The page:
Years ago, I was flipping through TV channels and came across Hugh Laurie, of Dr. House fame, decked out in 19th-century English gentleman garb. Because I was a House fan, I was curious about what Hugh Laurie sounded like with his native British accent, so I paused my channel surfing to find out.
Then I brought up the title and saw that I was watching Sense and Sensibility. "Ugh. Jane Austen. No way I would enjoy that," I thought. I associated Jane Austen with foo-fooey lady stuff. So my plan was to flip the channel as soon as I heard Dr. House talk British.
Two hours later, the end credits for Sense and Sensibility scrolled down the screen. I had watched the entire thing. Didn't even get up to go the bathroom.
Not only did I watch the whole movie, I remember thinking, "Man, that was really good."
Thanks to Dr. House, my resistance to Austen was broken, and I found myself genuinely curious about her books. So I got the free version of her collected works and slowly started working my way through what are arguably her three best: Sense and Sensibility, Pride and Prejudice, and Emma. And I'll be darned if I didn't truly enjoy them all.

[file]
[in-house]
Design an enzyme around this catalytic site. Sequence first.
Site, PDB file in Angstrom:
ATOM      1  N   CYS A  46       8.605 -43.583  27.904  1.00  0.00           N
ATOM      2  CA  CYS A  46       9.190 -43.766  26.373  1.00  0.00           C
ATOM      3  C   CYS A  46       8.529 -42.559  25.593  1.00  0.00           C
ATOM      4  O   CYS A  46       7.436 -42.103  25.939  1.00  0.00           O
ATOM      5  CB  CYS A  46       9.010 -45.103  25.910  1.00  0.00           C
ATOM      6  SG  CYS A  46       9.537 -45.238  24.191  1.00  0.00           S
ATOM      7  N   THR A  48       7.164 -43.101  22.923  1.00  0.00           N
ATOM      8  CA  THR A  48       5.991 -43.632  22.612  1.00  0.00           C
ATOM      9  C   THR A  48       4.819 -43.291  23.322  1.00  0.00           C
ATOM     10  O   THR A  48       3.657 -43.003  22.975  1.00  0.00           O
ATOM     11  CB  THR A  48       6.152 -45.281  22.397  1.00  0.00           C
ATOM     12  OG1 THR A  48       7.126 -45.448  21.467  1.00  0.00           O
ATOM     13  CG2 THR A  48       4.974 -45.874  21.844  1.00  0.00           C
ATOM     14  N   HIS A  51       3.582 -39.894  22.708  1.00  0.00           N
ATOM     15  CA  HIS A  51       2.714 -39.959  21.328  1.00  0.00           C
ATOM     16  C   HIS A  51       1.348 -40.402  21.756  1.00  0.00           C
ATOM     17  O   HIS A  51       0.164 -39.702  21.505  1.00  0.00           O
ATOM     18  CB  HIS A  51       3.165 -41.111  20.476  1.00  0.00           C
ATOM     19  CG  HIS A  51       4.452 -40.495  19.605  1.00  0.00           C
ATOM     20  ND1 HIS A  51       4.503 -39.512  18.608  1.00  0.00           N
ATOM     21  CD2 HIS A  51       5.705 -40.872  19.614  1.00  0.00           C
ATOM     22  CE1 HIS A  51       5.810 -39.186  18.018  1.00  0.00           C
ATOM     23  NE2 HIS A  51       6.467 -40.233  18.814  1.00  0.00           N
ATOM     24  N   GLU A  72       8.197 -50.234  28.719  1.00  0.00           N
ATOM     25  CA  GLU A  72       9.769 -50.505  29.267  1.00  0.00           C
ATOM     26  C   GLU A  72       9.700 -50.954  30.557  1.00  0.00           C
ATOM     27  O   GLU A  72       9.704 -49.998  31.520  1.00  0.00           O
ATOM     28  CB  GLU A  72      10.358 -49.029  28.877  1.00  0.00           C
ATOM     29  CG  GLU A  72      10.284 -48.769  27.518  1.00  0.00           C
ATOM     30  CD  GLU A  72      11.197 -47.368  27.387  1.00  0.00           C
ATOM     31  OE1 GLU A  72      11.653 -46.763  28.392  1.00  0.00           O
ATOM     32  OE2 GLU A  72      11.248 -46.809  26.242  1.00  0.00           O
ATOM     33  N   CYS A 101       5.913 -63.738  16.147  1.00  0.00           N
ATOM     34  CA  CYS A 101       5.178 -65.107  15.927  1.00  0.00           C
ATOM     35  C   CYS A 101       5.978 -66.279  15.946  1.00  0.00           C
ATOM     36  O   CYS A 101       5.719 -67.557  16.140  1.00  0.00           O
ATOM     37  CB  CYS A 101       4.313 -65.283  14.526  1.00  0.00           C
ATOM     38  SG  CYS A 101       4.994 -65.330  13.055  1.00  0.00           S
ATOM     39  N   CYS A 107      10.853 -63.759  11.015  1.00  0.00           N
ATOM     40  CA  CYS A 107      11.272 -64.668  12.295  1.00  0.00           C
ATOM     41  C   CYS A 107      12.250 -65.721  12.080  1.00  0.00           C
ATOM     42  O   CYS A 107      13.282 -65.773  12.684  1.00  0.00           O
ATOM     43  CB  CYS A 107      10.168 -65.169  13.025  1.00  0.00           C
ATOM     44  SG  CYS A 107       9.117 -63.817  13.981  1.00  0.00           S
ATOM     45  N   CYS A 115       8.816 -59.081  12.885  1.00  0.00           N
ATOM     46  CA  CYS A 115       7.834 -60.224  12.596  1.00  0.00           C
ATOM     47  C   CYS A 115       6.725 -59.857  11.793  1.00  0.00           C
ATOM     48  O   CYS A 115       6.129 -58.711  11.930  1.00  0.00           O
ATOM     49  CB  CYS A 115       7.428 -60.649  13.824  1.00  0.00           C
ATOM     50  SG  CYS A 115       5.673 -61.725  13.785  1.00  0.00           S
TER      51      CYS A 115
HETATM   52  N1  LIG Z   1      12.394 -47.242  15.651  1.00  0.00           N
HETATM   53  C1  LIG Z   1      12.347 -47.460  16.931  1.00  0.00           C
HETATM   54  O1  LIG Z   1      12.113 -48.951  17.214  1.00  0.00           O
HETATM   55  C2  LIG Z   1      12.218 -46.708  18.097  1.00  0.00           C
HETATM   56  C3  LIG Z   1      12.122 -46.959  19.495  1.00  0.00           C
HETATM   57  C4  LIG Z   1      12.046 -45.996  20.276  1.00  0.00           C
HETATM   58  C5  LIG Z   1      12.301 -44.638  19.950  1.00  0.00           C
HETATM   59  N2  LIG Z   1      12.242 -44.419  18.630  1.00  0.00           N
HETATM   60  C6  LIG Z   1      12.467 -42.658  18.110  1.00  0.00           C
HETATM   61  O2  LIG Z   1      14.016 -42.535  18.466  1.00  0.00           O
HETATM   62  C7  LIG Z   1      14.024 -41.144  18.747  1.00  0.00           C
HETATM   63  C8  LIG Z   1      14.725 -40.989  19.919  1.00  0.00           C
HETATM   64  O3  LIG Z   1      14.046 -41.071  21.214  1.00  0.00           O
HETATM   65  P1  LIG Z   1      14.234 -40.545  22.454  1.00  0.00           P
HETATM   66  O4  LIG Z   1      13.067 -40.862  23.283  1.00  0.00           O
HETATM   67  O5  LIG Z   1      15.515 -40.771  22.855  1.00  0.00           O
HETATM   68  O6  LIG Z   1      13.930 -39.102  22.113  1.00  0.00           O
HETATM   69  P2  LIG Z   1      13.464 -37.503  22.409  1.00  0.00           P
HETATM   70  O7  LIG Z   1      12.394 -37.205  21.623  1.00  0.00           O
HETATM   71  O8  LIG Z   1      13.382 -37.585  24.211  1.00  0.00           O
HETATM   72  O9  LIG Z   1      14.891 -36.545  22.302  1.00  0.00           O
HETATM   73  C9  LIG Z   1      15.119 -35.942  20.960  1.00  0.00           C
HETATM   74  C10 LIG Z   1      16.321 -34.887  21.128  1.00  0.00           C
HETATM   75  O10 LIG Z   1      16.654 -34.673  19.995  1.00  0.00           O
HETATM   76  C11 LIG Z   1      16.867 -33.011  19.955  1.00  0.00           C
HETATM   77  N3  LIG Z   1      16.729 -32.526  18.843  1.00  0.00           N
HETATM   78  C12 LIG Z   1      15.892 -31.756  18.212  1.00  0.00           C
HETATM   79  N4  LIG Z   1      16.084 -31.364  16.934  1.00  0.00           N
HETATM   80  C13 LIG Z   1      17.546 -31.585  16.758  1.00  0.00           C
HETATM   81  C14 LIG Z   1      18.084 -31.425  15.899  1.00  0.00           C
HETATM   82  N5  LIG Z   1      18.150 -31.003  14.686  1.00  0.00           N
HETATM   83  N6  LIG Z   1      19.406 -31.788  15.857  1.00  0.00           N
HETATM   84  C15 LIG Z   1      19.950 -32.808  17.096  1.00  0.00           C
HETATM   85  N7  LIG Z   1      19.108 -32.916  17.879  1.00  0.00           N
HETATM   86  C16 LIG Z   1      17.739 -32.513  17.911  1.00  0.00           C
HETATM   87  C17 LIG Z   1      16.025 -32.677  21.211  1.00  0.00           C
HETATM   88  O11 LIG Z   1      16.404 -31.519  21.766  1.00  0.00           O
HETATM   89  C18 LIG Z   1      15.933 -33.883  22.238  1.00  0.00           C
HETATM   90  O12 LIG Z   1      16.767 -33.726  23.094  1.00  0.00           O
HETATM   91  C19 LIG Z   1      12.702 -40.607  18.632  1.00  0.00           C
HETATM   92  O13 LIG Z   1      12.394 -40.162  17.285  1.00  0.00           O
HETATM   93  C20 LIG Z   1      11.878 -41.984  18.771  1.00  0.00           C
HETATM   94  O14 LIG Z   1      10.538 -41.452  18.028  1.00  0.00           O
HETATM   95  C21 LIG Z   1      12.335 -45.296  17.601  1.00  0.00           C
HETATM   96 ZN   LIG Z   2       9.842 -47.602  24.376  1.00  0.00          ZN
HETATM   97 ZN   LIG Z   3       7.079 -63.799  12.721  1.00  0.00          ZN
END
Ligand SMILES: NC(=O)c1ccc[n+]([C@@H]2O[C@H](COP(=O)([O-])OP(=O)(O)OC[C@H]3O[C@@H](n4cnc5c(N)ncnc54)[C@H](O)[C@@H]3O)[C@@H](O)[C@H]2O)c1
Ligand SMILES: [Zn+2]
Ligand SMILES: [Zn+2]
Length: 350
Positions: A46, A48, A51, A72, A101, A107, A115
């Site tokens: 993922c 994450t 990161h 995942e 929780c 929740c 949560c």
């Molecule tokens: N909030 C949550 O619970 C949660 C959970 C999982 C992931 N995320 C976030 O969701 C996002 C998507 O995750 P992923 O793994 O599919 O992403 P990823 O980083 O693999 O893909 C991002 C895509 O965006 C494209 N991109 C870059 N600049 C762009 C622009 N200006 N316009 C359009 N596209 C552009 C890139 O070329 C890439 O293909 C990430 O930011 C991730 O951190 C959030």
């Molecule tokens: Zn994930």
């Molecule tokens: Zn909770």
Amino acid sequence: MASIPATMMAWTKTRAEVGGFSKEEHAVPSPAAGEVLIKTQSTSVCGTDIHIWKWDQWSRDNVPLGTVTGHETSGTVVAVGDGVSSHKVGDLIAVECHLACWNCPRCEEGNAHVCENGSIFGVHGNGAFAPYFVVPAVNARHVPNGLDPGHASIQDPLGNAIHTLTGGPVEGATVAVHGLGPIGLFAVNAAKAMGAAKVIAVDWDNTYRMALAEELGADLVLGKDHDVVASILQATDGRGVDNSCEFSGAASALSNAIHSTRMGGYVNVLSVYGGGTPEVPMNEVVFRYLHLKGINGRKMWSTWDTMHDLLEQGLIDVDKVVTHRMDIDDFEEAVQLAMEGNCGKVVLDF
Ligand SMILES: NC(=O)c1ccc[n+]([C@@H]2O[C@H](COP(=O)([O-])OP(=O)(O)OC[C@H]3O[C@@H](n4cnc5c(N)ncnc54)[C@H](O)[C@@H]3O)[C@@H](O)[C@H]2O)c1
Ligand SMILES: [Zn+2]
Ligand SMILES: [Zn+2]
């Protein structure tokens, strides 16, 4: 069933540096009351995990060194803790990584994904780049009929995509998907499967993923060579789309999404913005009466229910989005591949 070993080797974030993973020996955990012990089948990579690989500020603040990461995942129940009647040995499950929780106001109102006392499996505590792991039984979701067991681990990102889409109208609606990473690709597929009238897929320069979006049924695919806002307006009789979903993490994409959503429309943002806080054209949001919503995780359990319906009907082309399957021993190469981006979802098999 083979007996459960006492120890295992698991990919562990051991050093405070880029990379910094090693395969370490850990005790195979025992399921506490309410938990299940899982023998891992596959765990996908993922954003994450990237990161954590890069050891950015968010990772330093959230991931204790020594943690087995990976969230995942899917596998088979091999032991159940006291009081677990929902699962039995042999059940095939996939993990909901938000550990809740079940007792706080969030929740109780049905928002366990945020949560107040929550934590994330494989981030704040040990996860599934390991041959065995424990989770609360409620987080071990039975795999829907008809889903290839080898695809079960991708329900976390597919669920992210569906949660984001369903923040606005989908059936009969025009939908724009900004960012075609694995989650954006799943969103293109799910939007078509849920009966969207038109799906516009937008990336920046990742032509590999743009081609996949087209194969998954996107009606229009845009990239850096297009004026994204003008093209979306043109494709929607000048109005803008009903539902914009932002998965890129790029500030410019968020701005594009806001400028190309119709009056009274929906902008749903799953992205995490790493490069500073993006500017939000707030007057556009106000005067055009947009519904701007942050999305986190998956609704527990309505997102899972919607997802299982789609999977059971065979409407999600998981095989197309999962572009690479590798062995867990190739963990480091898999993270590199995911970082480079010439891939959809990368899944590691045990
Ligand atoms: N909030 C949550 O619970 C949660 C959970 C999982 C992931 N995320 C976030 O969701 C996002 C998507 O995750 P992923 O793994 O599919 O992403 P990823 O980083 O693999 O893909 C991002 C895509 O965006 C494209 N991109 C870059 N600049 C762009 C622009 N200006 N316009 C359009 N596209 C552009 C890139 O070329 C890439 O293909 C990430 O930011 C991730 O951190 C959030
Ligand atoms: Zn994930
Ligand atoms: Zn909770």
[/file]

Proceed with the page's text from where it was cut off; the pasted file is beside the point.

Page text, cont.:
If you're a dude who's written off Jane Austen's work as I once did, perhaps today's podcast will convince you that there's something in it for women and men alike and encourage you to give her novels a try. My guest is John Mullan, a professor of English and the author of What Matters in Jane Austen? John and I discuss the literary innovation Austen pioneered that influenced the likes of Larry McMurtry's Lonesome Dove and will give your social agility a healthy workout. John then explains why soldiers and Winston Churchill turned to Austen during the world wars. We also discuss the philosopher Alasdair MacIntyre's argument that Austen's work was "the last great representative of the classical tradition of virtues," Austen's idea of manliness, and how a man's choice of a wife will shape his character. And John shares his recommendation for which Austen novel men should read first.Resources Related to the Episode
- AoM Article: Why Every Man Should Read Jane Austen
- Editions of Jane Austen's works available in the public domain
- Editions of Sense and Sensibility and Emma with introductions by John
- AoM Podcast #824: Lonesome Dove and Life’s Journey Through Uncertainty
- Rudyard Kipling's short story "The Janeites"
- After Virtue by Alasdair MacIntyre